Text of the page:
The popular Powerball lottery and Mega Millions games will drop Illinois at the end of June without a budget agreement, Illinois Lottery officials said Thursday.
Concern over the state’s fiscal condition prompted the Multi-State Lottery Association to drop Powerball in Illinois, according to internal Illinois Lottery communications obtained by the Chicago Sun-Times.
Mega Millions also plans to drop the state unless a budget agreement comes together, state officials confirmed. Without a budget in place, the state isn’t authorized to make payments to Mega Millions or the association.
Those decisions were reached at national lottery meetings held this week, Illinois Lottery spokesman Jason Schaumburg said. Illinois belongs to the Mega Millions group, and has a license to sell Powerball.
A spokesman for the Multi-State Lottery Association said the group “is focused on protecting the integrity of its games and the experience of its players.”
Greg Smith, acting director of the Illinois Lottery, called the development “disappointing.”
“The Legislature’s inability to pass a budget has led to this development and will result in Illinois Lottery players being denied the opportunity to play these popular games,” Smith said. “This is why it’s so critical the General Assembly deliver a balanced budget to the governor’s desk that he can sign.”
Schaumburg on Thursday morning confirmed that the games will be dropped absent a state budget. He said the multi-state association has had discussions since 2015 about dropping Illinois, but this is the first time the group has taken action.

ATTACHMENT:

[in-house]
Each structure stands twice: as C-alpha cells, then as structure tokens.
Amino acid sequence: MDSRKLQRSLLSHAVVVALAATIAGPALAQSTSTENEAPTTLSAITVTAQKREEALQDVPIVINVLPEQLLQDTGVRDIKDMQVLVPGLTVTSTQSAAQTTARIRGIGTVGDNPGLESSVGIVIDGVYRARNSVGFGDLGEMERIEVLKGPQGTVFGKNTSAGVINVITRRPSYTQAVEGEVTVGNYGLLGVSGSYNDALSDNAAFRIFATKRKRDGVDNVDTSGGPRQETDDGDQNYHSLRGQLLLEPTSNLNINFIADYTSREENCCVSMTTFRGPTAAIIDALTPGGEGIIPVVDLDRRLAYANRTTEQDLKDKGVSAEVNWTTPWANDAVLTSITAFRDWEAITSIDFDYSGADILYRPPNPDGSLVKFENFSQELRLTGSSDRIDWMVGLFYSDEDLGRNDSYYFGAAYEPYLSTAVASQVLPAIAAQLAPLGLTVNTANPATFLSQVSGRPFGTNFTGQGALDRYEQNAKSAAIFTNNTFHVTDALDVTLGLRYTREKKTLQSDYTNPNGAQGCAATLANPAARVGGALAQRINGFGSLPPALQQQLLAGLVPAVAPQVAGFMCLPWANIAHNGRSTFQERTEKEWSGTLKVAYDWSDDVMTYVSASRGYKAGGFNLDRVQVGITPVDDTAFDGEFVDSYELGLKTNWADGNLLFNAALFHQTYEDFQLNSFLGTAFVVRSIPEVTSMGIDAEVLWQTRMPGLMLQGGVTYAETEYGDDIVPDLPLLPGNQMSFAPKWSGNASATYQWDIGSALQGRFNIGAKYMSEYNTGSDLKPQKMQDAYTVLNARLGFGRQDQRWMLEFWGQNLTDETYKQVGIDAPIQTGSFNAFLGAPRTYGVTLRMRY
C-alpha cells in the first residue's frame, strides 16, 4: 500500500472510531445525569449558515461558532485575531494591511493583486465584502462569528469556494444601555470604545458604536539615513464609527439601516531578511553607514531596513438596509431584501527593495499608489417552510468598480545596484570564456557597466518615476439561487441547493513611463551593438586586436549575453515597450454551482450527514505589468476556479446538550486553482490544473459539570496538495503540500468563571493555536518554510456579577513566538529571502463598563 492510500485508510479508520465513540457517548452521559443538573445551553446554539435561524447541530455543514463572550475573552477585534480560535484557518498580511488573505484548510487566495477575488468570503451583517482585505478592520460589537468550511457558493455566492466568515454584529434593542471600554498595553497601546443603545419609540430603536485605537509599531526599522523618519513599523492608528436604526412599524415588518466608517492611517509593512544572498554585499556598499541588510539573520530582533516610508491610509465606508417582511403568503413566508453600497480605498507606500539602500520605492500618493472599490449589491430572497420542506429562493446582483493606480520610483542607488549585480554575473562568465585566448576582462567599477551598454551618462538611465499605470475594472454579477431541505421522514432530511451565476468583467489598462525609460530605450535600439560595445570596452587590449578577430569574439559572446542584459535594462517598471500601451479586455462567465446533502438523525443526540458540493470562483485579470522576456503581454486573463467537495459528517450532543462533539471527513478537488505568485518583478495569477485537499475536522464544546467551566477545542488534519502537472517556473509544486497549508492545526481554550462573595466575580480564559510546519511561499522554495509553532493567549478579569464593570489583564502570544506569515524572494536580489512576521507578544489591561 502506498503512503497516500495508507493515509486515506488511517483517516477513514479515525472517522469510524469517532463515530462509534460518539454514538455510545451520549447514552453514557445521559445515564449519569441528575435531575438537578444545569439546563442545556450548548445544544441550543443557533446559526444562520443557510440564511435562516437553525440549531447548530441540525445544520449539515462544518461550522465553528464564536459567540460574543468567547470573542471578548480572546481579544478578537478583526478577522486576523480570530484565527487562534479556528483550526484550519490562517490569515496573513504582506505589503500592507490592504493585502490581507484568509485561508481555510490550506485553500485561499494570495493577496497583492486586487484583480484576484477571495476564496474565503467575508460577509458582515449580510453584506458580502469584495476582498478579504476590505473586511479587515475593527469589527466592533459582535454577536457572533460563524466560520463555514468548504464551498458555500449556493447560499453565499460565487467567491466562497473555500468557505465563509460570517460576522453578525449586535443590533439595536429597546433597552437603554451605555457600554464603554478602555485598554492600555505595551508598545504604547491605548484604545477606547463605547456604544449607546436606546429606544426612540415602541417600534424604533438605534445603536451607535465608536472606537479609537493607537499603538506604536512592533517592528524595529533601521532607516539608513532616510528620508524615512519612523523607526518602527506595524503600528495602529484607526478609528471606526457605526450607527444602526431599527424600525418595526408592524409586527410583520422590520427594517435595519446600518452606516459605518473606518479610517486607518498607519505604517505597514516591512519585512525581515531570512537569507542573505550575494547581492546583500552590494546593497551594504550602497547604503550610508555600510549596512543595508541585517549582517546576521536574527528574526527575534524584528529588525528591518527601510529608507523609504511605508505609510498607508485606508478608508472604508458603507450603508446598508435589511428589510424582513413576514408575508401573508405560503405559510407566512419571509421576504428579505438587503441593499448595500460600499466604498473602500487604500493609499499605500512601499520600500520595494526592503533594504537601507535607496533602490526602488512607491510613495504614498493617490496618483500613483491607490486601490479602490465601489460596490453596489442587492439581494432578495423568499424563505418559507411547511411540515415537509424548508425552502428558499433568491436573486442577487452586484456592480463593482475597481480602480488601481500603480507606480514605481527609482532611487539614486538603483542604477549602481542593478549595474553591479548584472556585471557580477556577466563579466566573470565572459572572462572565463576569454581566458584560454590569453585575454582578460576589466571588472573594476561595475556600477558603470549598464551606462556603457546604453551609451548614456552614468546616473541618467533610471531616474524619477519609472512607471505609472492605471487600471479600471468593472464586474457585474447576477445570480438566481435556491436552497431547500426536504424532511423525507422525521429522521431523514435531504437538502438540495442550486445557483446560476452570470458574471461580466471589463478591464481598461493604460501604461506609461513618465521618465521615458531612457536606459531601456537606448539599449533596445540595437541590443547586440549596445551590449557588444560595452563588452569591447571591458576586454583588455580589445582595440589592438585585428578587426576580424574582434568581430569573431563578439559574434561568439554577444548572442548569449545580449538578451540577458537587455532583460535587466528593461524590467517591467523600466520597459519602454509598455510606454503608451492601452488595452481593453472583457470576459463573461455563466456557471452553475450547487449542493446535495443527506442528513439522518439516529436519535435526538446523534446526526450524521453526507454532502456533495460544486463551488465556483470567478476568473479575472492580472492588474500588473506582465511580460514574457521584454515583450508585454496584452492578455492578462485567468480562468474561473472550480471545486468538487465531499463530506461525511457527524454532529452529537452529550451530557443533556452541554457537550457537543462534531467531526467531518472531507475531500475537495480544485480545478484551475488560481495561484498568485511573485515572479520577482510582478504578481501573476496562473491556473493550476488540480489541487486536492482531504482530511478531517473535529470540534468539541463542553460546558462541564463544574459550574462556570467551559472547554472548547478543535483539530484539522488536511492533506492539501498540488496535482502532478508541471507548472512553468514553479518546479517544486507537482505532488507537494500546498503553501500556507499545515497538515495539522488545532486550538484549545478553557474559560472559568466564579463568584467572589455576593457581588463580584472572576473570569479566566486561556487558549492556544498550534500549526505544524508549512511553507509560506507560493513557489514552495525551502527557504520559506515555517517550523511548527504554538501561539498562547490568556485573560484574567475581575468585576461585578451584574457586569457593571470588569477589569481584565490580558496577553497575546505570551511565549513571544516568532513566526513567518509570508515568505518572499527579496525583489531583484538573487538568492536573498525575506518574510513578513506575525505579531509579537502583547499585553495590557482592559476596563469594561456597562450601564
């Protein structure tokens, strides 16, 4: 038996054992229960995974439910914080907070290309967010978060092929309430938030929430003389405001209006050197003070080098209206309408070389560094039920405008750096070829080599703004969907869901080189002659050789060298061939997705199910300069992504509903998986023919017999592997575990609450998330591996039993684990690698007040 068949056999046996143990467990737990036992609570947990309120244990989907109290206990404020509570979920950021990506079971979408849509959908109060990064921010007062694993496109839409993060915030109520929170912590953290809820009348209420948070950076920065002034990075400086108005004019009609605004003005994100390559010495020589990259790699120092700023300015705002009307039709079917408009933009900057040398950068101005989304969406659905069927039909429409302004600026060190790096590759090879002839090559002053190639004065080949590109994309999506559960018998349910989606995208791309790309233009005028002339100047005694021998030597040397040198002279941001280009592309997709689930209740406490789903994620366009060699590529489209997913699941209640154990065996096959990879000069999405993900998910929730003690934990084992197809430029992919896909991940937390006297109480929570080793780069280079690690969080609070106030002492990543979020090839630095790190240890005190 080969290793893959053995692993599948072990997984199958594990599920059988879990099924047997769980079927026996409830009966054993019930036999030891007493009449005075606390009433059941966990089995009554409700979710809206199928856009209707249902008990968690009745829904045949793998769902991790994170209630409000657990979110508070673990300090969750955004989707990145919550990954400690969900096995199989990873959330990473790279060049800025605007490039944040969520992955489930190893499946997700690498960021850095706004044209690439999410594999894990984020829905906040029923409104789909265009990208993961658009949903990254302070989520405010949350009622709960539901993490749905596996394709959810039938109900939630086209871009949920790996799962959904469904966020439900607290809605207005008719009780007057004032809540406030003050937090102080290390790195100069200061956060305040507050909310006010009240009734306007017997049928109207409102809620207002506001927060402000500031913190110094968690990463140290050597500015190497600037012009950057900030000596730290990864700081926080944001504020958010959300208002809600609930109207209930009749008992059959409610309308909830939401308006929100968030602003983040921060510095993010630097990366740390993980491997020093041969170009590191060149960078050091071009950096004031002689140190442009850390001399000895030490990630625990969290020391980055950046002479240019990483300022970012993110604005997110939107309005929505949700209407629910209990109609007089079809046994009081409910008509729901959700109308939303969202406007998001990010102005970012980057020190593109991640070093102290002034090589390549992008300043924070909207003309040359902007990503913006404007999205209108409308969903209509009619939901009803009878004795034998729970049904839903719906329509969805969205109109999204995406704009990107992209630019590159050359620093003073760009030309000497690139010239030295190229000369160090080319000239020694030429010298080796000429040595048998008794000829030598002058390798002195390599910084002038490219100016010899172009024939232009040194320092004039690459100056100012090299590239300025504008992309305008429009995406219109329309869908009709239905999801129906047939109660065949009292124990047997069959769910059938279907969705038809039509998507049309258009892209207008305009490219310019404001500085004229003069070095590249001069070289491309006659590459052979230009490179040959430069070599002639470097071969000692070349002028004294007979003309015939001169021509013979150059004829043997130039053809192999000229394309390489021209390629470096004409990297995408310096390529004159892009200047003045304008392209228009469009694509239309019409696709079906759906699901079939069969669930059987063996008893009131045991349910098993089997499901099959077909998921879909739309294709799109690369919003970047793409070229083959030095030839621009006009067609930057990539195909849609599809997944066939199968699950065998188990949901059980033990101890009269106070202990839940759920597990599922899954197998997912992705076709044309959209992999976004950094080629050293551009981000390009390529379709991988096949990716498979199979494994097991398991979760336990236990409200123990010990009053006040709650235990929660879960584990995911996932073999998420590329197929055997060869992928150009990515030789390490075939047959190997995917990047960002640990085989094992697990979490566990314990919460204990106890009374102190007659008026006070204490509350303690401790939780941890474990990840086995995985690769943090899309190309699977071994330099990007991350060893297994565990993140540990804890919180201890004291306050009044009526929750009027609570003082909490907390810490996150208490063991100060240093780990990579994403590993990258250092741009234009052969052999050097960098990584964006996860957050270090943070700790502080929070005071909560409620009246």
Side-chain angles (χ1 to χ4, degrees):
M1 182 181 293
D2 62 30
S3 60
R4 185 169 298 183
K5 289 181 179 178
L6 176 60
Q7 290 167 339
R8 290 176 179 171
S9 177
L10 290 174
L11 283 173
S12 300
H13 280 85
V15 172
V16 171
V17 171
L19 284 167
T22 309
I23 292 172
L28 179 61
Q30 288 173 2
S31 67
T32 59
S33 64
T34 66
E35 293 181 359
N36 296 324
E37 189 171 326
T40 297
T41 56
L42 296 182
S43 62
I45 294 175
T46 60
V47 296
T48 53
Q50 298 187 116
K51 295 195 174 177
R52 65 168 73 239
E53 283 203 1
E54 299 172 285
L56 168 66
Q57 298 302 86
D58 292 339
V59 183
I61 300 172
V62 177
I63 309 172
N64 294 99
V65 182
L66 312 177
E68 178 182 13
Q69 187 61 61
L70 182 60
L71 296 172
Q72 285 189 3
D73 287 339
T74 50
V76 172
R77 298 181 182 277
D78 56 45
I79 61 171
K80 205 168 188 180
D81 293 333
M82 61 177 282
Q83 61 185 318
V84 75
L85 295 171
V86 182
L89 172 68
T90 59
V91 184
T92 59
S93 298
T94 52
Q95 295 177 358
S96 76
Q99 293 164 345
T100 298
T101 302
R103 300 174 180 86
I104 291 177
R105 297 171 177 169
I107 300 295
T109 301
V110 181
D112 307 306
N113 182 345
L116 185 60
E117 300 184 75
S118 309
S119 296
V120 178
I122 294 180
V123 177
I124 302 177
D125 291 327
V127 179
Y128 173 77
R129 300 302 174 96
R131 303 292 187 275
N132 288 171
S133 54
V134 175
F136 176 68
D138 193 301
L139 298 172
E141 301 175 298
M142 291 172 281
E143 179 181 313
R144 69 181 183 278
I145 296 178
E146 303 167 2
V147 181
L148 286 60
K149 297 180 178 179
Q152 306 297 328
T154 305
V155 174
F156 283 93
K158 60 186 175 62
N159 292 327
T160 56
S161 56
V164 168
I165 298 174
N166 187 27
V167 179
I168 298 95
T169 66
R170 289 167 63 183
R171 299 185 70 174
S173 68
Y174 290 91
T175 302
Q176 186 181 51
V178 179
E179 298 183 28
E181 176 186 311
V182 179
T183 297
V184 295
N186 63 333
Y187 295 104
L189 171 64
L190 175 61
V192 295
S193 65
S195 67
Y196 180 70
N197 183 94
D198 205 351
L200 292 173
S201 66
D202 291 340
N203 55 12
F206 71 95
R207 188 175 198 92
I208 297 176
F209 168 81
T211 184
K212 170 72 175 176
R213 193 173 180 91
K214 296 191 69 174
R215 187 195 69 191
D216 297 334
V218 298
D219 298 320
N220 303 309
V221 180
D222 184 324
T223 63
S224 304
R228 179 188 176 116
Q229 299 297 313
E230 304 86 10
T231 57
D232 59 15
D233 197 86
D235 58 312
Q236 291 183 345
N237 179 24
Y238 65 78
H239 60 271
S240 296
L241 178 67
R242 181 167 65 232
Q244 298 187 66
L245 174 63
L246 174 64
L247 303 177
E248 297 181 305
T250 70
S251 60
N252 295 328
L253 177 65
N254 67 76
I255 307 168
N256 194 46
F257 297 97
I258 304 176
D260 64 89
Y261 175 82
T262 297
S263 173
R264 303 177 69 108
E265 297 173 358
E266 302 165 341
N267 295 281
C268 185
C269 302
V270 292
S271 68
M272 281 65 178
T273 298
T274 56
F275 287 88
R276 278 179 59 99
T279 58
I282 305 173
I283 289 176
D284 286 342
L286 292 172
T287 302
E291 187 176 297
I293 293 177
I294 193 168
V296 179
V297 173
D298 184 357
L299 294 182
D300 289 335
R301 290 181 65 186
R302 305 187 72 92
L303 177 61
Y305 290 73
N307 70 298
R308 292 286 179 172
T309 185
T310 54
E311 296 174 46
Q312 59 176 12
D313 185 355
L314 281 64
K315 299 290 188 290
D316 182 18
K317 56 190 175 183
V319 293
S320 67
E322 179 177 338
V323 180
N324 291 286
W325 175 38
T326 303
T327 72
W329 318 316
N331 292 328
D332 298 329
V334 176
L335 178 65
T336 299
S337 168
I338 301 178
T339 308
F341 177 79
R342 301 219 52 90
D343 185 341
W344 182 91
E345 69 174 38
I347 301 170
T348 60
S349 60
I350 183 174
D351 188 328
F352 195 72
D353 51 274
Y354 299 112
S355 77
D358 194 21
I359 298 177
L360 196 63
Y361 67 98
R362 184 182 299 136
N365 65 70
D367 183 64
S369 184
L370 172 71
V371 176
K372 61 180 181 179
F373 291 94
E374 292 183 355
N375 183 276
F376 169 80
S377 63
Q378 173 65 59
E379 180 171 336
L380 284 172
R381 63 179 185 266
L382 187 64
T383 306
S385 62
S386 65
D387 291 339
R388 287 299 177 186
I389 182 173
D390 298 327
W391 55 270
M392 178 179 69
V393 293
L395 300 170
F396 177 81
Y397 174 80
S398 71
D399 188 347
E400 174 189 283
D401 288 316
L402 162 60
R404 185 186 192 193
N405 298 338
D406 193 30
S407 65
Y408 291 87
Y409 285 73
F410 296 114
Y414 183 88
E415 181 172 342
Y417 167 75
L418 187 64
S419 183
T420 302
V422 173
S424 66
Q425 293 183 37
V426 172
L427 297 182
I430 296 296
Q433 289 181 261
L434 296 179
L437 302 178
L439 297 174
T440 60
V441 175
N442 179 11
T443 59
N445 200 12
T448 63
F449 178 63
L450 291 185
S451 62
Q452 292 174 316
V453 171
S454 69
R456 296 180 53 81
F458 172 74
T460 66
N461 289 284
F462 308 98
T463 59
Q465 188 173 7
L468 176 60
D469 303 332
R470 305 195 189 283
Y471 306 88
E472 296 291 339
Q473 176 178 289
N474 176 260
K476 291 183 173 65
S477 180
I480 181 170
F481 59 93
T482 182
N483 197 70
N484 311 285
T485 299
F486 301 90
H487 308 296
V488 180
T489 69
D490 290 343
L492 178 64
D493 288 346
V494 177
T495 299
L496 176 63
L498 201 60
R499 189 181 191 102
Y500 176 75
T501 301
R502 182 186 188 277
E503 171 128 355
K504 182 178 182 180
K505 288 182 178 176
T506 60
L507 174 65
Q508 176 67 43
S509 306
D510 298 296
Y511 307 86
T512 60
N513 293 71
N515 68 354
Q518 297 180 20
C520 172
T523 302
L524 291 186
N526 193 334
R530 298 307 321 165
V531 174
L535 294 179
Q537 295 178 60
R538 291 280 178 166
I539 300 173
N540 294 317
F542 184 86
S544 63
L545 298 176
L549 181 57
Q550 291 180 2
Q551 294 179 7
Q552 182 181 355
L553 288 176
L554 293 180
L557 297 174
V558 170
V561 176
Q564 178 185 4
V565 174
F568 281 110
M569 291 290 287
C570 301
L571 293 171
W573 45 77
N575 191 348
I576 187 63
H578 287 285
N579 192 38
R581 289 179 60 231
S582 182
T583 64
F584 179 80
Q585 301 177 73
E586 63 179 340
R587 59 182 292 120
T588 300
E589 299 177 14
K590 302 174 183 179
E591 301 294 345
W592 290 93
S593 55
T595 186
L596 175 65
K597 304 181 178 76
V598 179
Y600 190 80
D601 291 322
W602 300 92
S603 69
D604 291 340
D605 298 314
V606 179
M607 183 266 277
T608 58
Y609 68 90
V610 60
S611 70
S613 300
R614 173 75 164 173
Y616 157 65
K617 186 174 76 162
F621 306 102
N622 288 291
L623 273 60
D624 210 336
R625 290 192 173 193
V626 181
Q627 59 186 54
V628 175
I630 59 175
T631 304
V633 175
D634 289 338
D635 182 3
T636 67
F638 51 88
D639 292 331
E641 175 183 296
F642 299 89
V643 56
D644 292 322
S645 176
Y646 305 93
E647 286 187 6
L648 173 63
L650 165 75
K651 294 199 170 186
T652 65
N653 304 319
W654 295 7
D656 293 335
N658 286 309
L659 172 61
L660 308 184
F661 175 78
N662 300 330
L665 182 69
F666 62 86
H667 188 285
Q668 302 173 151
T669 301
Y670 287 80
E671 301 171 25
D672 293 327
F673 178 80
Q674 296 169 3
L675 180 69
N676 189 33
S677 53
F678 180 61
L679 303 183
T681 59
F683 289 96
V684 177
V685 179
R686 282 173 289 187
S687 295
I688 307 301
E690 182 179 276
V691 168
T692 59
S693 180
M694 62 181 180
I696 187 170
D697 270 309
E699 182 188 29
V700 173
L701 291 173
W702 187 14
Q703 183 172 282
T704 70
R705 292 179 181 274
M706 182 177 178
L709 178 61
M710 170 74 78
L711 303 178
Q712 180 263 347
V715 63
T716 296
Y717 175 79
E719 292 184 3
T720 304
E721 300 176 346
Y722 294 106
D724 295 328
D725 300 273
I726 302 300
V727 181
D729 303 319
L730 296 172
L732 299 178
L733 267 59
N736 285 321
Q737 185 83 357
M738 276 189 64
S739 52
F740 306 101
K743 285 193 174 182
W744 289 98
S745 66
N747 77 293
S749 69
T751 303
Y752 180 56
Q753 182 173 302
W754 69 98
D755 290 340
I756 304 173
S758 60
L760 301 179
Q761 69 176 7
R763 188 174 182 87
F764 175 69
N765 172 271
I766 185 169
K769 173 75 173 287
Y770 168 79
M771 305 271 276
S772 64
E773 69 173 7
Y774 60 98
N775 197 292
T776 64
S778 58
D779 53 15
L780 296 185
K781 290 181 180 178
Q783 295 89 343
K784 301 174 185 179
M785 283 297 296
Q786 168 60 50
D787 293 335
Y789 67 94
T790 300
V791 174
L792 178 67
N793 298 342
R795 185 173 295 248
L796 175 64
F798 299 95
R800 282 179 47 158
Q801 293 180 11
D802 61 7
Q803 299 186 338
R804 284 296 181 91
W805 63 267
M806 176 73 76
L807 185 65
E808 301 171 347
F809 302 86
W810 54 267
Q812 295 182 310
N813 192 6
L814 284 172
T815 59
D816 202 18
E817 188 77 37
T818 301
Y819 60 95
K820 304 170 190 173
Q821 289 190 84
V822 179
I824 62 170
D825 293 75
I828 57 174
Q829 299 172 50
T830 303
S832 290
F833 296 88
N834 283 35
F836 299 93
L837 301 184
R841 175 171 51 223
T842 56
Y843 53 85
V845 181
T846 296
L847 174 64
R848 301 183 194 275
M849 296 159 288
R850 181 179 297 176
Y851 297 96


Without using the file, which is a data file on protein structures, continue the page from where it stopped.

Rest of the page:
“Its unfortunate. Powerball was the only thing that I would buy, because I knew that it would pay out,” said Anthony Martinez, who lives in the Logan Square neighborhood. “With the Illinois budget crisis, it’s not a guarantee that Illinois’ going to actually pay out on your lottery winnings.”
The state reported $99.4 million in Mega Millions sales and $208 million in Powerball sales within the 2016 budget year. Schaumburg said the state retains about 40 percent of that money for education funding.
Powerball is offered in 44 states, the District of Columbia, Puerto Rico and the U.S. Virgin Islands. Mega Millions is offered in 44 states, along with the District of Columbia and the U.S. Virgin Islands.
Shaneen Murray, a Woodlawn resident, said taking away the temptation of some of the high-profile lottery games is “not necessarily a terrible thing.”
“Maybe people can save money, or put their money toward something better,” she said.